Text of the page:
Incident Handling with Docker Containers

Incident Handler DockerHonestly, I never really played with Docker but… For a few weeks, I succumbed to the temptation of playing with Docker thanks to a friend who’s putting everything in docker containers. If you still don’t know Docker, here is a very brief introduction: Docker lets you run applications in a “container“. In this container, the application will find all its required components to run smoothly: code, scripts, libraries, packages, … Every time you execute an application in a container, it always starts with a fresh environment. What’s the difference with a virtual system you will ask? NIST (the “National Institute of Standards and Technology“) has released a draft document which explains the difference between application containers and virtualized systems. Basically, containers don’t need a complete copy of the operating system, require less resources but their goal is to be ephemeral.

Incident Handlers are building their personal toolbox investigation after investigation. If there are Linux distributions focussing on this specific tasks (REMnux and SIFT are common ones), there are plenty of tools that are developed and shared by the community to address specific cases. Most of those tools can be executed stand alone, require sometimes dependencies with libraries or other software framework. These are perfect candidates to be executed in a container. So, the question arise: What about building a list of Docker images ready to perform incident handling tasks?

Before diving deeper, a few words about the security of containers. They are not bullet-proof: Container evasion is always possible and they share the same kernel (kernel exploits will affect the complete system). Note that Docker version 1.10 introduced the notion of namespaces. Keep this in mind when you are manipulating suspicious files! Personally, I’m running containers in a real virtual system.

So, I searched and compiled a list of interesting containers for your daily incident handling tasks.

Note: The following list of tool contains classic tools that all incident handlers should already know. I just focused on their “docker” version. For performance reasons, I recommend you to download all images (“docker pull <image>“) to your local storage. This will speed up the container startup and allows you to work offline. I also presume that files to be analyzed are stored in /evidences.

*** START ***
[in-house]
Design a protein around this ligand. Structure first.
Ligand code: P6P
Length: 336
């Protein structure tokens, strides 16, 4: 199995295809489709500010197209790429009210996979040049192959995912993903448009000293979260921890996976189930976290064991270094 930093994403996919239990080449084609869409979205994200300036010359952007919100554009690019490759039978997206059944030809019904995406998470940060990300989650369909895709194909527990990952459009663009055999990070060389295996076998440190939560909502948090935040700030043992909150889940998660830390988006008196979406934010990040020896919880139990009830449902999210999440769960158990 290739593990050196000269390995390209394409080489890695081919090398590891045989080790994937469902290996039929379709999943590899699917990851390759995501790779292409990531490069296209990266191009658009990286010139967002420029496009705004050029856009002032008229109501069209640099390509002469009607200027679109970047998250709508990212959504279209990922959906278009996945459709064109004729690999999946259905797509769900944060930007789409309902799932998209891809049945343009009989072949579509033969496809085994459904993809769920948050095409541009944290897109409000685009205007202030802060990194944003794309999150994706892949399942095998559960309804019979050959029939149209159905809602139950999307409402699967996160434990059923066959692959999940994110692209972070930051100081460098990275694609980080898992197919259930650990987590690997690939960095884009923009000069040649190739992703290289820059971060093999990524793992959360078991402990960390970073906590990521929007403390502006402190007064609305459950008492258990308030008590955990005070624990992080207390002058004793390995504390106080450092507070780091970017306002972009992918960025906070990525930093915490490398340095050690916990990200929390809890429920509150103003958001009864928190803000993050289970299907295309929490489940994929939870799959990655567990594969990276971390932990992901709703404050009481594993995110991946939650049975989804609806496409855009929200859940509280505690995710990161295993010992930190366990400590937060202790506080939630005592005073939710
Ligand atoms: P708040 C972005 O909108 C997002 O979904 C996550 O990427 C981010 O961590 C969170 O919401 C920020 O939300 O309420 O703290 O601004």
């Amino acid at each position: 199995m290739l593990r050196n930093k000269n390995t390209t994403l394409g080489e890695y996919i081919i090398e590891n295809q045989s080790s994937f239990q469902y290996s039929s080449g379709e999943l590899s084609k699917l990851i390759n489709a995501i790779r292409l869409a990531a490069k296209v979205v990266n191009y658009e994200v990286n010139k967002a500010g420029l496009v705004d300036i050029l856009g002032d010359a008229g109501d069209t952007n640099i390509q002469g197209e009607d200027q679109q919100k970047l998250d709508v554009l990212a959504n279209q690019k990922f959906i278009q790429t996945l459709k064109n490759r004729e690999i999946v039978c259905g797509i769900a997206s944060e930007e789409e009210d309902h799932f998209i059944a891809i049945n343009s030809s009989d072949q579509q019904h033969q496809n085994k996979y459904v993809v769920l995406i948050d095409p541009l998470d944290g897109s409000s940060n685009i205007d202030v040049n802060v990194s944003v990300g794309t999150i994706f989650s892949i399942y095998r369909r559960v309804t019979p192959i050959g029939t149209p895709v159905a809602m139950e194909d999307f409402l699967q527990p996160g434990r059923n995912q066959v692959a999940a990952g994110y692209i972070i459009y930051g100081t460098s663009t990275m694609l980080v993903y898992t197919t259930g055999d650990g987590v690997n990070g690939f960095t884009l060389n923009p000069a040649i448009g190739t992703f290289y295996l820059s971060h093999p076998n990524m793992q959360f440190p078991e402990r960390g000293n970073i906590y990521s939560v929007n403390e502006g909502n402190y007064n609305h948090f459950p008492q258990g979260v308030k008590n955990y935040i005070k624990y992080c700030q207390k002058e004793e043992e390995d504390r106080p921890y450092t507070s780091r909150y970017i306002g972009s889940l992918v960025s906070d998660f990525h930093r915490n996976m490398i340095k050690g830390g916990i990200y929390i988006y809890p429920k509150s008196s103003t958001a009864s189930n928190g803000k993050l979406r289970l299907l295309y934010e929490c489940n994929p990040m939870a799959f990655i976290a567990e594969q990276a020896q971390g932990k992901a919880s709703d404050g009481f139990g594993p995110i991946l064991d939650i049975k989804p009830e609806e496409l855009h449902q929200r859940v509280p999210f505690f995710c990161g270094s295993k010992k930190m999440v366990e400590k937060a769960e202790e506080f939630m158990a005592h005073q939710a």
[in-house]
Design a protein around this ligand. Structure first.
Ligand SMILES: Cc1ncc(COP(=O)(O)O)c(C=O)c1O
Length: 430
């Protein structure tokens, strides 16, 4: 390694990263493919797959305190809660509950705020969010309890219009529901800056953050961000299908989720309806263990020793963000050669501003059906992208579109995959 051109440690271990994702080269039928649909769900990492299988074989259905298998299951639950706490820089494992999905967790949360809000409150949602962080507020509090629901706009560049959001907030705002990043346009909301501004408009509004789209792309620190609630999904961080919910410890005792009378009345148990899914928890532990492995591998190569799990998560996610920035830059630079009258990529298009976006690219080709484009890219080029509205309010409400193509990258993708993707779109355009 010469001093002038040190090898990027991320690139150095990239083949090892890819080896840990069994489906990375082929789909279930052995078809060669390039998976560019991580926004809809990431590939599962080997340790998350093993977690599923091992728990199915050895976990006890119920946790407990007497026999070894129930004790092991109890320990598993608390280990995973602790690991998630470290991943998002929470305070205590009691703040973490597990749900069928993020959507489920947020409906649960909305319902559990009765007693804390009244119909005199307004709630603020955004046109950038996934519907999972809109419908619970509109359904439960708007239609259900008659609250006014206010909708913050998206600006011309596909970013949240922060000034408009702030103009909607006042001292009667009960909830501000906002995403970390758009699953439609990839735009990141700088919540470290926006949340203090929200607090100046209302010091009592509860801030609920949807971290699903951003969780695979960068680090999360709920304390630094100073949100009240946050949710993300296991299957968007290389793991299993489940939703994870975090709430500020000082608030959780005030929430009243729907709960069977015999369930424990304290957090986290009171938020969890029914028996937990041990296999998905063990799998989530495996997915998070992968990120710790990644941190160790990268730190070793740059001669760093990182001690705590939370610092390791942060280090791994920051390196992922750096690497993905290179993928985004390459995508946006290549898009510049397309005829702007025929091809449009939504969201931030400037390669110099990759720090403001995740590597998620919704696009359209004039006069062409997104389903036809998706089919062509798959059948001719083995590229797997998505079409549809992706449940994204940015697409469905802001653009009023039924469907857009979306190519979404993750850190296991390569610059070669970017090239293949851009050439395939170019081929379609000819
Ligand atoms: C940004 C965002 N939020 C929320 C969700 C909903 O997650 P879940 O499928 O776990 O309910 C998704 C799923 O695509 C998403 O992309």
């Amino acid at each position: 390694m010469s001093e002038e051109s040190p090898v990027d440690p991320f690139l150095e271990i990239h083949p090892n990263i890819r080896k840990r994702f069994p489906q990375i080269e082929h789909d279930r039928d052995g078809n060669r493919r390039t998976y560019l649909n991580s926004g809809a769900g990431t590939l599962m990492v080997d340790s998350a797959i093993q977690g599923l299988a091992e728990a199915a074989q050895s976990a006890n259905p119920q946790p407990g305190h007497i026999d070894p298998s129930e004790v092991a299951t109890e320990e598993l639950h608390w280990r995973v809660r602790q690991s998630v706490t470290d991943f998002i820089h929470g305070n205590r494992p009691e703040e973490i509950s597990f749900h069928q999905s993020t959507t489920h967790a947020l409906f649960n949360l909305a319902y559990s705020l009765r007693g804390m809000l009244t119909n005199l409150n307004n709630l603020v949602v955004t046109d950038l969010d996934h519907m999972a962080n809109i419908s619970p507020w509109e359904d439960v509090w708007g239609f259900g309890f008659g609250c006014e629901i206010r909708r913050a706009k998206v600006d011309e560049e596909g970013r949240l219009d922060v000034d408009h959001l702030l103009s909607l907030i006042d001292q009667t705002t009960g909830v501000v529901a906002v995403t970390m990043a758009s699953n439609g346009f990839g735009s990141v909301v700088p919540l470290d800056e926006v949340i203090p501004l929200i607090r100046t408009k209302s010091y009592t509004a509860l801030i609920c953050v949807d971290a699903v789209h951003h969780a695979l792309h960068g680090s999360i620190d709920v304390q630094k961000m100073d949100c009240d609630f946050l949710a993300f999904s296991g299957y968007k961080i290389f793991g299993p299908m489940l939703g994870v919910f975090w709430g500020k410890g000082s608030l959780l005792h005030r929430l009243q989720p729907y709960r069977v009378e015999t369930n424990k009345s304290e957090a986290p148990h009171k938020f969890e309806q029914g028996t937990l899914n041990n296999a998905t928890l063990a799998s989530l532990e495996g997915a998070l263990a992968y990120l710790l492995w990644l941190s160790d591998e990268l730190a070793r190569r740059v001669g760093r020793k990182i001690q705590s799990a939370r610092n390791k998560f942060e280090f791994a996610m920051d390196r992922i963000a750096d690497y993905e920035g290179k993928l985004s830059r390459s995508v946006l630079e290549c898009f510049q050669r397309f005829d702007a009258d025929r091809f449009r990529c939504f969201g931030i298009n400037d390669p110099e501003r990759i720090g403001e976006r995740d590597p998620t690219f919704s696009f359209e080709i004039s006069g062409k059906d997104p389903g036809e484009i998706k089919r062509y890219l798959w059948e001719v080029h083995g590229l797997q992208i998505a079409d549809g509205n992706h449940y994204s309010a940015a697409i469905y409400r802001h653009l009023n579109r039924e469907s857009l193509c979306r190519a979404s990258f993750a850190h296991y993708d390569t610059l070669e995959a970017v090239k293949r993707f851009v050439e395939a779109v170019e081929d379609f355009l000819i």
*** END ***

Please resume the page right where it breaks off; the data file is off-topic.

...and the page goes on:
PEScanner

PEScanner is a tool to perform static analyzes of Microsoft Portable Executable files.

Usage:

# docker run --rm -it -v /evidences:/home/nonroot/workdir remnux/pescanner pescanner <malicious.exe>

JSDetox

JSDetox is a JavaScript malware analysis tool. With the growing number of malicious .js files spread by phishing campaign. This one is a must at the moment.

Usage:

# docker run --rm -p 3000:3000 remnux/jsdetox

Then point your browser to http://<docker-server>:3000

SpiderMonkey

Another JavaScript analyzer, SpiderMonkey, developed by Mozilla, helps to analyze malicious scripts.

Usage:

# docker run --rm -it -v /evidences:/source nacyot/javascript-spidermonkey:latest js <malicious.js>

VirusTotal

Nothing fancy, just a command line VirusTotal API client.

Usage:

# docker run --rm -it malice/virustotal --api <api_key> lookup <hash>
# docker run --rm -it malice/virustotal --api <api_key> scan <malicious_file>

Malcom

Malcom is a tool which analyzes network communications using graphical representations of network traffic and cross-reference them with public IOC sources.

Usage:

# docker run -p 8080:8080 -d --name malcom tomchop/malcom-automatic

FIR

FIR stands for “Fast Incident Response” and is developed by the Société Générale CERT. There is no public build but a Docker file is available on the FIR GitHub repository.

Usage:

# wget https://github.com/certsocietegenerale/FIR/blob/master/docker/Dockerfile
# docker build -t fir .
# docker run -it -p 8000:8000 fir

Then point your browser to http://<docker-server>:8000

ClamAV

Not the best antivirus but always nice to quickly scan a suspicious system.

Usage:

# docker run --name=clamav -v /evidences:/malware:ro malice/clamav update
# docker restart clamav
# docker exec -it  clamav /malware/<suspicious_file>

YARA

YARA is another must have tool. It helps to classify files based on patterns.

Usage:

# docker run -it -v /evidences:/malware:ro \ -v /rules:/rules:ro blacktop/yara <suspicious_file>

Dradis

Dradis is a tool that is focussing more on pentesters but it can be useful to collect and exchange information betweek incident handlers working on the same case.

Usage:

# docker run -d -p 3000:3000 raesene/auto_docker_dradis bundle exec rails server

Finally, it is also possible to run all the tools available in the SIFT distribution in a single (huge!) docker:

# docker run -v /evidences:/data:rw k0st/sift -it k0st/sift /bin/bash
Here is a recap of the docker images:
Application Image Name Stars
PEScanner remnux/pescanner ******* (7)
JSDetox renmux/jsdetox ***** (5)
YARA blacktop/yara ***** (5)
Volatility remnux/volatility *** (3)
SIFT k0st/sift *** (3)
SpiderMonkey nacyot/javascript-spidermonkey ** (2)
Dradis raesene/auto_docker_dradis ** (2)
VirusTotal malice/virustotal * (1)
Malcom tomchop/malcom-automatic * (1)
ClamAV malice/clamav  * (1)
FIR (no public build)

This list is far from complete. Feel free to submit your suggestion and I’ll update it regularly. You created a nice image? Let me know!

14 comments

Leave a Reply

Your email address will not be published. Required fields are marked *